This week we've seen a pilotless passenger-plane hit the British skies, the last barrier to human cloning be breached, and we've found a large cache of water, untouched by the rest of the world for at least one billion years, buried 1.5 miles deep within the Earth.
And as if that wasn't enough, the world's first lab-grown burger made from bovine neck stem cells in a petri dish will hit the grill of an undisclosed London location.
Which makes us beg the question - could you stomach test-tube meat?
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First pilotless passenger-plane manages 800km journey over Britain -- We've seen many unmanned military drones make their way to the skies, but now a passenger plane has managed to fly itself - completely pilotless - from Lancashire to Scotland through civilian airspace without a hitch.
A flesh-and-blood pilot took the controls for take-off and landing, with the plane flying fully autonomously in between. Not only that, but the plane was thrown dummy obstacles to avoid, with fake planes being entered into its flight data, forcing it to make flight-path corrections in the same way a real pilot would. The next step is to construct a digital eyeball capable of discerning complex objects, like the difference between a hot-air balloon and a cloud, but soon UAVs could be free to roam our skies. [New Scientist]
Astronauts take a trip into the void of space to fix leaking pump -- While NASA does have a few robots up in space to do its bidding, there are some things that real men still have to do. Two astronauts were forced into an impromptu EVA to replace a pump on the outside of the ISS, which was leaking ammonia into space and threatening the operation of one of the solar power generators. Thankfully everything was fixed without issue, but not before providing some amazing new images. Sometimes, even in the technological age of space stations, you still need a good old screwdriver and wrench. [NASA]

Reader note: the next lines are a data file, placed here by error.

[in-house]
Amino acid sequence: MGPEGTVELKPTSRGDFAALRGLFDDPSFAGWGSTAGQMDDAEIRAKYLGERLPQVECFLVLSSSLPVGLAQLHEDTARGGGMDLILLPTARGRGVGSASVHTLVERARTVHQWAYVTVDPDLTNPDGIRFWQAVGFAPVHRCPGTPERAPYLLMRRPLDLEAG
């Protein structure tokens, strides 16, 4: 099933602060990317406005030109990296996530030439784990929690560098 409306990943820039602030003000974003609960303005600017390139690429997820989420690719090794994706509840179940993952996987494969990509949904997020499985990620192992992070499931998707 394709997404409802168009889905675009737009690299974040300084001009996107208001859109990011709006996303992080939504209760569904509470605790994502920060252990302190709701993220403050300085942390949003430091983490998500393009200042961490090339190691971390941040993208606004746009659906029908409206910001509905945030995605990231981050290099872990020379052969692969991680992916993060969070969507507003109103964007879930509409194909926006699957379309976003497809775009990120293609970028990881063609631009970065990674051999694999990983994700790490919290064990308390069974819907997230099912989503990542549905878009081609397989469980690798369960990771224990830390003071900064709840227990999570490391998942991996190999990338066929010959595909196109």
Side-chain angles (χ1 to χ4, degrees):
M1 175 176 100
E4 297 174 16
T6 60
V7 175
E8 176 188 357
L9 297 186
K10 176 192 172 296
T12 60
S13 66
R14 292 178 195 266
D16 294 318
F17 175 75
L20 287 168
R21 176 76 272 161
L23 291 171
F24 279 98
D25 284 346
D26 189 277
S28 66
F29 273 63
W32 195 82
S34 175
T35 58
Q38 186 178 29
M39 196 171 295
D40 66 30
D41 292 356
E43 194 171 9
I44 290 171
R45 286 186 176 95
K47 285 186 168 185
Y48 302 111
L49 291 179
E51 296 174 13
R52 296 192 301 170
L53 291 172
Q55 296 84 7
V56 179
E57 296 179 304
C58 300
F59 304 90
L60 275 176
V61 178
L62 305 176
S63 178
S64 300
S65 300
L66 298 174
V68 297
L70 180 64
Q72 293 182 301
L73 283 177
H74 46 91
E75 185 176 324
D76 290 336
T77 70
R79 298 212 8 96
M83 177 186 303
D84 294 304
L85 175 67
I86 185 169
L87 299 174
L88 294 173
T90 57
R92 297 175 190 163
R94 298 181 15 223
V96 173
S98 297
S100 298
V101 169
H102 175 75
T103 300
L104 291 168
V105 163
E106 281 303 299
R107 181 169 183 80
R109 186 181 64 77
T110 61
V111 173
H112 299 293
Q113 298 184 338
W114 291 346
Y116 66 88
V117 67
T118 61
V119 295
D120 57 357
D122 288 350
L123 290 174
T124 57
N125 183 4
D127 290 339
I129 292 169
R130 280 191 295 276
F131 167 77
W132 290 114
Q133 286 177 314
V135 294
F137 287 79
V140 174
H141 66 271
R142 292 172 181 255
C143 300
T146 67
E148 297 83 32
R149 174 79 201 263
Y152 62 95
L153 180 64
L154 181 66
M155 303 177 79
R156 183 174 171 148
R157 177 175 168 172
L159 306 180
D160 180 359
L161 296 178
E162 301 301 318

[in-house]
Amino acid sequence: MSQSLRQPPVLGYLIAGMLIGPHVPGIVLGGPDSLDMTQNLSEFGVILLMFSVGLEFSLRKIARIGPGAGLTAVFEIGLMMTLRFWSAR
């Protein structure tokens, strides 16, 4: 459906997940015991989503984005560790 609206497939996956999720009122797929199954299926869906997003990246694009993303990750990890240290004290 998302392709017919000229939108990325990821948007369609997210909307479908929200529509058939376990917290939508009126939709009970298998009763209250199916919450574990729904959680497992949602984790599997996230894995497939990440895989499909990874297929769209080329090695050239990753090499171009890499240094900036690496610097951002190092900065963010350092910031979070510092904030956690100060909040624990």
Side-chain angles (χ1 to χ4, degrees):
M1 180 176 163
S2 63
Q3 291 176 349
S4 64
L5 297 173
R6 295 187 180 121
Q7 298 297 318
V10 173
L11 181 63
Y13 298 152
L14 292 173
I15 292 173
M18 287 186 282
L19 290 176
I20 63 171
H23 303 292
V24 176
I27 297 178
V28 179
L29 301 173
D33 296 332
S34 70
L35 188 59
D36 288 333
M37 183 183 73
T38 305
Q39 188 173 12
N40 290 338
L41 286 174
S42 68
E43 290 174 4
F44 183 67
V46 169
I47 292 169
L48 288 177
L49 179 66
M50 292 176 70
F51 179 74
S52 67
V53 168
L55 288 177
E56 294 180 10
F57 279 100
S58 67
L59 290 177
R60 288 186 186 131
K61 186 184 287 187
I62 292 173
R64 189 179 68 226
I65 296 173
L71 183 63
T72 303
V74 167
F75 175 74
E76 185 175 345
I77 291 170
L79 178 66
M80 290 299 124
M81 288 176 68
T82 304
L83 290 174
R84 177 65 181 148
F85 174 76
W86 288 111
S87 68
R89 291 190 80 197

The last barrier to human cloning has been breached -- For the first time scientists have managed to clone a human stem cell, meaning that human cloning is now fully possible. Ever since Dolly the sheep became the first cloned animal, researchers have been using human stem cells to try and clone human cells, treading a very thing ethical line.
Now, via a similar process to the cloning of Dolly the sheep, nuclear transfer has been perfected in humans. Simply by taking the nucleus of one foetal stem cell and inserting it into an egg cell with its own DNA removed, you produce a clone cell that can then divide and grow as normal. Years of research and careful tweaks to the biochemical process have made this breakthrough possible, meaning we could now actually make a full-formed human clone, not that anyone is suggesting we do that, of course. Instead, this new source of cells will pave the way for possible repair of tissue and organ damage in degenerative diseases, as well as medical studies on human cell lines that weren't possible before. The hope is that the same technique can be used to produce cells from adult stem cells soon too. [Nature]